It is a thrill for me to see that my social innovation research project “Weaving the Threads” conducted with textile artisans in Cape Town is currently part of the show “CONVERGE: Processes and Outcomes of Social Design Practice”. The exhibition is curated by Fernando Carvalho and Prof. Michael Swoboda, featuring projects of artists, designers and architects from USA, UK, Uganda, Italy and Brazil. The show is held from 10th November to 11th December at the Meramec Contemporary Art Gallery, in Saint Louis, Missouri, USA, and we are now discussing the possibility to bring the exhibition to the UK in the next year.
To give you a bit of background, you may know that, as part of my PhD journey, I have conducted a participatory research project aimed to map the current state of the art of the textile artisanal sector in Cape Town, and co-design a strategy that could boost local sustainable development. I have chosen Cape Town as a good example of a textile manufacturing cluster, rich in material culture, with a design sector in rapid development, and a major income stream coming from artisanship, which, on the other hand, is challenged by deep social inequalities. Moreover, in the last decades most of the production has been outsourced due to economic issues, and not many fabric manufacturers are still active locally. Therefore, contemporary artisans struggle to find new supplies for their collections. On the other hand, this challenge has become a driver for starting up businesses around (screen or block) printing on locally available base cloth in order to differentiate products over local as well as overseas competitors. This challenge has thus turned into an opportunity for locally produced artisanal textiles, used both for homeware and apparel, leveraging an abundance of local design talent.
From April to June 2016 I immersed myself in a group of textile artisans in Cape Town, leading a participatory design process aimed to co-create a collaborative service to boost local sustainable development. At first, I played the role of a storyteller, unlocking tacit knowledge from the artisans’ work routines, interweaving their stories into compelling narratives, and making the intangible tangible through a storytelling photo-diary. I also acted as a design activist, an agent of alternatives, playing around the edges of the artisans’ realities to imagine what these could become. Co-designing a sustainable future with them resulted in a process of sensemaking, bridging from abstract visions for the future to contextually actionable realities. Throughout the process, I have learned that, in order to activate the messy and unpredictable process of change, I had to build agile collaborative and systemic collaborations with diverse stakeholders, working as facilitator, carrier of source of inspiration, and co-producer of innovation.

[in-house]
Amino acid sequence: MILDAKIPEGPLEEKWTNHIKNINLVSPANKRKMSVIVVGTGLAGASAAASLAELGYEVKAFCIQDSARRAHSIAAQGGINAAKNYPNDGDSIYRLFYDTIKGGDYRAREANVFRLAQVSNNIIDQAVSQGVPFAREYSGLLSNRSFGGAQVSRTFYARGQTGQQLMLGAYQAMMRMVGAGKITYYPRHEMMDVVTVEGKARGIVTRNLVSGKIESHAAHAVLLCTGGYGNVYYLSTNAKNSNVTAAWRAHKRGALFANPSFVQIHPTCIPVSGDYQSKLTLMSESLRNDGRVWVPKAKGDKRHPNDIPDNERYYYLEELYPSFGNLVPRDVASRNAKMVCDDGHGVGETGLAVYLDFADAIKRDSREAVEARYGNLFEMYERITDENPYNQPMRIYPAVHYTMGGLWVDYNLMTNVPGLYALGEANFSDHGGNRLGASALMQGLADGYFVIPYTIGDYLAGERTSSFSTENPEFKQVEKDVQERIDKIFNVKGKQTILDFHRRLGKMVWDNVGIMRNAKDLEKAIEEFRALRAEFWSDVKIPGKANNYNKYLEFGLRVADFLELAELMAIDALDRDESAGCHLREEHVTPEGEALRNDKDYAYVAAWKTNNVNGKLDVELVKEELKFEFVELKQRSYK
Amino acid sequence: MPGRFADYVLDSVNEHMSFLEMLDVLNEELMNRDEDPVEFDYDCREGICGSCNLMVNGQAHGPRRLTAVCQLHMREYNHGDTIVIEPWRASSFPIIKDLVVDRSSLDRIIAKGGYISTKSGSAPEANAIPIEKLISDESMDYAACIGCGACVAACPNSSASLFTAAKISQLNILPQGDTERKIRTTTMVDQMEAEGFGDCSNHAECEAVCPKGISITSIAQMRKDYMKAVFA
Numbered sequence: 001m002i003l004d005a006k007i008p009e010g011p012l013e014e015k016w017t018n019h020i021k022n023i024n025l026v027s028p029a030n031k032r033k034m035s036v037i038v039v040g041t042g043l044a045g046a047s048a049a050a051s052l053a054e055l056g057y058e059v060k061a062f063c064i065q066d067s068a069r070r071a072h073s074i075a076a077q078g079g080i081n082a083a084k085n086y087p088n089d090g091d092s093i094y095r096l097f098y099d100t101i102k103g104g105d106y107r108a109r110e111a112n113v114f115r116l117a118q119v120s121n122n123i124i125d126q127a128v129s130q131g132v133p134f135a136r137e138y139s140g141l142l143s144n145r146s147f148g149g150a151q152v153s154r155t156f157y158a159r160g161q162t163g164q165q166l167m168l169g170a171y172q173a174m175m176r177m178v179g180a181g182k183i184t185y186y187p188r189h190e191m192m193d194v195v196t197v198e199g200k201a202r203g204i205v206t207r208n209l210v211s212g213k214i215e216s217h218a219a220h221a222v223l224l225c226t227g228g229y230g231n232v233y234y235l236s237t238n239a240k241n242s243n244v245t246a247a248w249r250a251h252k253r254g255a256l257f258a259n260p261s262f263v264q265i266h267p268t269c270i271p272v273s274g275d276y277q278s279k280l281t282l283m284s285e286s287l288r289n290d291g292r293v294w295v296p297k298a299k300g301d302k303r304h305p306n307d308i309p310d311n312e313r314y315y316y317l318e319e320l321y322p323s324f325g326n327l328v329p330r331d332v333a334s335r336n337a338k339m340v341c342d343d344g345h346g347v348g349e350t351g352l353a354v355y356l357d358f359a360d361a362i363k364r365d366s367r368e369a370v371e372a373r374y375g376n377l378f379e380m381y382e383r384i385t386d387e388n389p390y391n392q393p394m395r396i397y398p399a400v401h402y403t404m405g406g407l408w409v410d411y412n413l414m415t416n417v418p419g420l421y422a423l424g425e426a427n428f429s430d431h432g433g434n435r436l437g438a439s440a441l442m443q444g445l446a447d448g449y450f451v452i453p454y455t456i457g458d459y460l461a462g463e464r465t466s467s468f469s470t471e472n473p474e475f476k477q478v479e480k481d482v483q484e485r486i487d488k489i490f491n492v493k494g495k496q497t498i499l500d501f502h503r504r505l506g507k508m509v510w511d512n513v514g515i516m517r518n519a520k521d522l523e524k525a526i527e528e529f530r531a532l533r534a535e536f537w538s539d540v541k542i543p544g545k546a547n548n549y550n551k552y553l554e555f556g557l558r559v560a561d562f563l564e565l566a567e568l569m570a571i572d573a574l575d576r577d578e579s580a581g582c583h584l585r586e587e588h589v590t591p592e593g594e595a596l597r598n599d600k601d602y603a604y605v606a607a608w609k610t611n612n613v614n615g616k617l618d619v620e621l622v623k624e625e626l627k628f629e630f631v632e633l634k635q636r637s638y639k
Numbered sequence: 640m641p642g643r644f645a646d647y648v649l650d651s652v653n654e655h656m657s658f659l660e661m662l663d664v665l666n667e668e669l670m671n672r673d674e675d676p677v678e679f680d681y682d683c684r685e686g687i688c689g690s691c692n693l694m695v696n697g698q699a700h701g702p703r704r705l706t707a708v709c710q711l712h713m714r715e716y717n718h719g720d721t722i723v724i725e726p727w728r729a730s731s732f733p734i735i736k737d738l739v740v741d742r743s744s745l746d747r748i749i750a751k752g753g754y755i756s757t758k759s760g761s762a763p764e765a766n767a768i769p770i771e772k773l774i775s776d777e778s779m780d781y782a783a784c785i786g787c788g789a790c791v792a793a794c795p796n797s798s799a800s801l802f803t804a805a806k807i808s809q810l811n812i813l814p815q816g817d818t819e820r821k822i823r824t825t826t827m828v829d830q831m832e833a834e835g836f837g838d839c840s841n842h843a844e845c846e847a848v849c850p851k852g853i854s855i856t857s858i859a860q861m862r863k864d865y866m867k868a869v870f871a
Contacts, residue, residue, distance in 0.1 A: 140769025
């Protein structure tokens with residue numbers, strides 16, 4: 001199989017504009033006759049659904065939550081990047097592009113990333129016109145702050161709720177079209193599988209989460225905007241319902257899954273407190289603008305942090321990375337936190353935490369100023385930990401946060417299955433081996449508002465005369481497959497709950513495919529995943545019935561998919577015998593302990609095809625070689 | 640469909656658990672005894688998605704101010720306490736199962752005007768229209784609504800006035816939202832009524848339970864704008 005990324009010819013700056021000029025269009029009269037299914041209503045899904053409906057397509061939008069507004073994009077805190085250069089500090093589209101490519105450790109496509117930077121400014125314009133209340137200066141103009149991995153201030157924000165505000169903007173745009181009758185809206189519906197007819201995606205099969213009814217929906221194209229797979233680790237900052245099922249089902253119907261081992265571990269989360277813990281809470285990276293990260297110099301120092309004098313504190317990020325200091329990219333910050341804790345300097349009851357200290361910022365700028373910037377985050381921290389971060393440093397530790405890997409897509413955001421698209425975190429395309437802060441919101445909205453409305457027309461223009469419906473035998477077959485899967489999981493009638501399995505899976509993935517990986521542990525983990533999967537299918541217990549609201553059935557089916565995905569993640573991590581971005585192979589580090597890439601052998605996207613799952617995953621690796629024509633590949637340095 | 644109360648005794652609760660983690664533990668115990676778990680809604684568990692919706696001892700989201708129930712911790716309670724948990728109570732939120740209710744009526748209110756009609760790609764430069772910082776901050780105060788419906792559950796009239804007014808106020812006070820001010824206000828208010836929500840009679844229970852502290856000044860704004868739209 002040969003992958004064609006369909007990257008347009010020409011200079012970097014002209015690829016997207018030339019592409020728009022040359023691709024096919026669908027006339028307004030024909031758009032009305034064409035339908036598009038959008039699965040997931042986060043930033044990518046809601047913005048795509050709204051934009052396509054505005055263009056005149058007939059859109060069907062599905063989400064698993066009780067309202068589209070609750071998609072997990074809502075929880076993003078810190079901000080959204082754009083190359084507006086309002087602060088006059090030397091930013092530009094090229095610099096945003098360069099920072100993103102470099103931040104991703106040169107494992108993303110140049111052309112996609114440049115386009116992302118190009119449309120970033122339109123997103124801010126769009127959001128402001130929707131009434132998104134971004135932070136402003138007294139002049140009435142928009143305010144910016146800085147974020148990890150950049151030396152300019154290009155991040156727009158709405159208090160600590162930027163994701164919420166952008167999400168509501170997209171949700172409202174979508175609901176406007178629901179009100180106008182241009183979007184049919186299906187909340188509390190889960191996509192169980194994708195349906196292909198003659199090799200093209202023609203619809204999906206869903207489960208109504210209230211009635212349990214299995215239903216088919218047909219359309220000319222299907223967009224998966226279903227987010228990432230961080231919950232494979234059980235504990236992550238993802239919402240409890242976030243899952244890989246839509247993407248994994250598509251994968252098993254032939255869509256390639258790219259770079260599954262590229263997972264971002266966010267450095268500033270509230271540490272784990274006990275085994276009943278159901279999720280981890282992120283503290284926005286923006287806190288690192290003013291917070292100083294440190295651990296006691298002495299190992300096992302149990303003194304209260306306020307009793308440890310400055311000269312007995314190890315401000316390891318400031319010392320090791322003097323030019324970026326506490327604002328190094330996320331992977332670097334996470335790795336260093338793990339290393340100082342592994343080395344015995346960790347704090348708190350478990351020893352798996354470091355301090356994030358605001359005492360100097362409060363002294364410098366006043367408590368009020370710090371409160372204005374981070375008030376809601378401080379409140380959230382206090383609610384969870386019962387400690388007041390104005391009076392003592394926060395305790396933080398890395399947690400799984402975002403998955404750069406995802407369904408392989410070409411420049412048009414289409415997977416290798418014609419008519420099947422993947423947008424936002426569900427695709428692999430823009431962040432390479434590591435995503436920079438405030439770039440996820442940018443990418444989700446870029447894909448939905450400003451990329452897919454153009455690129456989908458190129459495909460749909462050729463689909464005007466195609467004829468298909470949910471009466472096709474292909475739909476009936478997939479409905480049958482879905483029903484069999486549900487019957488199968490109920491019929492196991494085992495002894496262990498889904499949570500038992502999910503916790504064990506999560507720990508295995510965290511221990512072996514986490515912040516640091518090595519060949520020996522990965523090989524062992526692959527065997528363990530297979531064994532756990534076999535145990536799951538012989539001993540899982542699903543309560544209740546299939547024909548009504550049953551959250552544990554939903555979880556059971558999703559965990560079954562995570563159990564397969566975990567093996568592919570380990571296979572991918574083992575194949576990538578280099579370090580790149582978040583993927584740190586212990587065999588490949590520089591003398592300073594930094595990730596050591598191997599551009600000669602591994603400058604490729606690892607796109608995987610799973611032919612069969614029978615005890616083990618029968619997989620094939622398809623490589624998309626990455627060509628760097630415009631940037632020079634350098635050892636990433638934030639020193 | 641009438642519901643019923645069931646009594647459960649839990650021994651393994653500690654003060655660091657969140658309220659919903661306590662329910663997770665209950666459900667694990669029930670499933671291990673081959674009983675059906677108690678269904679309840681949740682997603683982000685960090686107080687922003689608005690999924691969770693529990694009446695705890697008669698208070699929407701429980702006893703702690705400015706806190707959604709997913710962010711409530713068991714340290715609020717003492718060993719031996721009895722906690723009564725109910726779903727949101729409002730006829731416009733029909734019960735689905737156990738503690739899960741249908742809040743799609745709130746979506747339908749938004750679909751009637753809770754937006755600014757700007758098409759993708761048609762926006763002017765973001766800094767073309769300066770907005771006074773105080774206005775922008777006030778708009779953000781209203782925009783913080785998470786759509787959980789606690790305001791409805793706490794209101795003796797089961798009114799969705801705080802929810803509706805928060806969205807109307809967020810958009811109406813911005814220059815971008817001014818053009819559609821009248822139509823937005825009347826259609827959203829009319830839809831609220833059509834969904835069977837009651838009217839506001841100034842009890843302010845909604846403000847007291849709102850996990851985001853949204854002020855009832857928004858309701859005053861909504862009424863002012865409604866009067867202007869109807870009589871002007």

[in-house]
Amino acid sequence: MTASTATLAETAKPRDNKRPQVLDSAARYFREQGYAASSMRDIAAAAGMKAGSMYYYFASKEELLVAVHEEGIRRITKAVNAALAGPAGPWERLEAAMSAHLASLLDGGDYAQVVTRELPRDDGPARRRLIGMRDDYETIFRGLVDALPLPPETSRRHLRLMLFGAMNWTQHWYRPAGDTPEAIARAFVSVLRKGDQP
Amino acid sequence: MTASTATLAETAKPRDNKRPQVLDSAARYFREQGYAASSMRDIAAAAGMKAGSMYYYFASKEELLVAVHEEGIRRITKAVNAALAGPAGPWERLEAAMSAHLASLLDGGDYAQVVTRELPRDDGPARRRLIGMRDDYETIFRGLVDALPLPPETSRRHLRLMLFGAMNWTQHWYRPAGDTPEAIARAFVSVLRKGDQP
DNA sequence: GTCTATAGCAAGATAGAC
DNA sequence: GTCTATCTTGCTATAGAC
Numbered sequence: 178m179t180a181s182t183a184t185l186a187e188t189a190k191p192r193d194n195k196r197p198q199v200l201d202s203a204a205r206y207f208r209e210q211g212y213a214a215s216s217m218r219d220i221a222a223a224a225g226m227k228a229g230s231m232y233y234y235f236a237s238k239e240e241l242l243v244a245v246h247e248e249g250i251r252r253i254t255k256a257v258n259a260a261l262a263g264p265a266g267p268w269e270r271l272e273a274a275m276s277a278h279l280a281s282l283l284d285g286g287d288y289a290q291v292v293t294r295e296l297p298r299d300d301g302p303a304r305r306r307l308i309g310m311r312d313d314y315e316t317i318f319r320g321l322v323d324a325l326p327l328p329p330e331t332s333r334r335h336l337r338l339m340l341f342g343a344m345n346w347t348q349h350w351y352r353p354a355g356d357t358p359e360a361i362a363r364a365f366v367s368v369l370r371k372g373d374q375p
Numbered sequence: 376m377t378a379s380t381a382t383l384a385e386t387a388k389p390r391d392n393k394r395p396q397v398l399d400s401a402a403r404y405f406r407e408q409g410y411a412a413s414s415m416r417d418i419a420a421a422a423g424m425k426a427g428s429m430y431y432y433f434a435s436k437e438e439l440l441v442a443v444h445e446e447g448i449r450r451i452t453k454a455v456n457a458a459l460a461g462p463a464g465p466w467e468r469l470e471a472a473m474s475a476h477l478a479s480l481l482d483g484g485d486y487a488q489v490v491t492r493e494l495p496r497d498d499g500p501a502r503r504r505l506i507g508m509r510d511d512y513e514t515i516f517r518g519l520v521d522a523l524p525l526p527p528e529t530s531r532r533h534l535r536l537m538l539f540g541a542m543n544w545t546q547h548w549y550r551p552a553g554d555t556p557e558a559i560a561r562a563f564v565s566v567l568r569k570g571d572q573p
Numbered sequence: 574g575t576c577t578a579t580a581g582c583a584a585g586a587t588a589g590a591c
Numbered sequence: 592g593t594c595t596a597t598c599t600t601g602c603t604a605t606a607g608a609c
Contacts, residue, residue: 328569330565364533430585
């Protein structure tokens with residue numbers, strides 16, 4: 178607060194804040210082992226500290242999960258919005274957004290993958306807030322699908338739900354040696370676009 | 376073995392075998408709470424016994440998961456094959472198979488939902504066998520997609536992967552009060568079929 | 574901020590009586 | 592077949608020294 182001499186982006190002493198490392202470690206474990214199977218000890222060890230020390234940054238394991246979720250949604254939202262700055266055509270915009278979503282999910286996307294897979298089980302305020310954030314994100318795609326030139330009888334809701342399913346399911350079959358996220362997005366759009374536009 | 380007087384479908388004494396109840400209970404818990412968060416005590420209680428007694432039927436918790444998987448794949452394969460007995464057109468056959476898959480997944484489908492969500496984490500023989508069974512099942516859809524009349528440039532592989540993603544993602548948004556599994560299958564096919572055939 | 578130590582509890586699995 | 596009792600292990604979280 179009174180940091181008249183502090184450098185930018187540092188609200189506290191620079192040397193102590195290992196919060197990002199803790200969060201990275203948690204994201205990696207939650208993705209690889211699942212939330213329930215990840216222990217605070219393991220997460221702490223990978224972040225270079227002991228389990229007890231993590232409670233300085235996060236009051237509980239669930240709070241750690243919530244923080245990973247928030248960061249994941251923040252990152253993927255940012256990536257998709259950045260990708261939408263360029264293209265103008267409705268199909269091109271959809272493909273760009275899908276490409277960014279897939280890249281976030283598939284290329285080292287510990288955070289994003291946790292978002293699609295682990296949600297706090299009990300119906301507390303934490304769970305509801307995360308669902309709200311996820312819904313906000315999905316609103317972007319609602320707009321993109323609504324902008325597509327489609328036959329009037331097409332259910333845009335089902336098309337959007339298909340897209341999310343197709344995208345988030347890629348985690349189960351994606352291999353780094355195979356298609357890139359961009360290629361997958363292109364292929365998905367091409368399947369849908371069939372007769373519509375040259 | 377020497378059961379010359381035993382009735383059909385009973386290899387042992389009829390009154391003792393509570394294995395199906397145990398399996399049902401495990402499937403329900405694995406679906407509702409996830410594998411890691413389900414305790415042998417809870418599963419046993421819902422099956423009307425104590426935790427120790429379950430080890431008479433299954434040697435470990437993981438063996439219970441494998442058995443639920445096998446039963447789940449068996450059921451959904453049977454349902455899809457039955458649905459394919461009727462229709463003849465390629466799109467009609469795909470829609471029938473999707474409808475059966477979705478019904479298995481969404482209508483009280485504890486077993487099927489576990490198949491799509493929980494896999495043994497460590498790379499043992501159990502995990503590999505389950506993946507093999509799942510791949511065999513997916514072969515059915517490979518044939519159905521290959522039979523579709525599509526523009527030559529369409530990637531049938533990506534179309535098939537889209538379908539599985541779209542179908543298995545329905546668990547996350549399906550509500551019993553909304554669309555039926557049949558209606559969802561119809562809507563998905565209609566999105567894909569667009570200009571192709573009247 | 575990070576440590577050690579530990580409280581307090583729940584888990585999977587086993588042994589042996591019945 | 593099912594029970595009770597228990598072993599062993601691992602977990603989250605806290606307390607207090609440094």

Overall, despite most of the innovation projects around artisans use a top-down ‘parachuting’ approach that does not grow or develop, the process I proposed is grounded on integrated knowledge and intervention within a context. Such an approach is not conceived as a prescriptive prototype or a model to direct change in people’s lives or to design a ‘known’ future. Instead, it activates an open and flexible process to inspire and trigger the capacity of local stakeholders to purposefully act in the present, while having a future orientation. I believe that the value of this approach lies in its drawing on situated knowledge of local stakeholders, engaging with the needs and aspirations of the artisans to develop resilient strategies towards a sustainable future.
As a follow up of the study, it was also interesting to me to acknowledge that the social innovation we co-designed may evolve in some other forms. For example, it was also thanks to the network of collaborations activated throughout my study, that I have been invited by fashion designer Celeste Lee Arendse to support MERGE ZA, a new-born initiative funded by the British Council to support a traveling showcase of contemporary South African fashion designers and bridge partnerships in the UK at the London Fashion Week 2016. Finally, I must sincerely thank Talita Weideman for welcoming me as visiting scholar at the Cape Peninsula University of Technology (CPUT); Micah Chisholm, for accompanying me throughout my research journey and taking over my role after I left from Cape Town; all the students in Surface Design and Fashion Design at CPUT who have provided me with invaluable feedback on my pilot workshop; and all my South African friends who activated a chain of contacts allowing me to make this project happen. Special thanks go also to my supervisors Carolina Escobar-Tello and Val Mitchell from Loughborough Design School, for guiding my research, and to the AHRC Design Star CDT for financially supporting my study. Most importantly, I gladly claim shared ownership of this project with all the artisans and stakeholders who have collaborated with me, without whom all this would have not been possible. With my infinite gratitude for them to share their time, knowledge and enthusiasm for this research project, I wish this is just the beginning of a collective effort for crafting a sustainable future for the Cape Town artisanal fabric.
If you want to know more about this project, have a look at this short promotional video.
Till the next opportunity…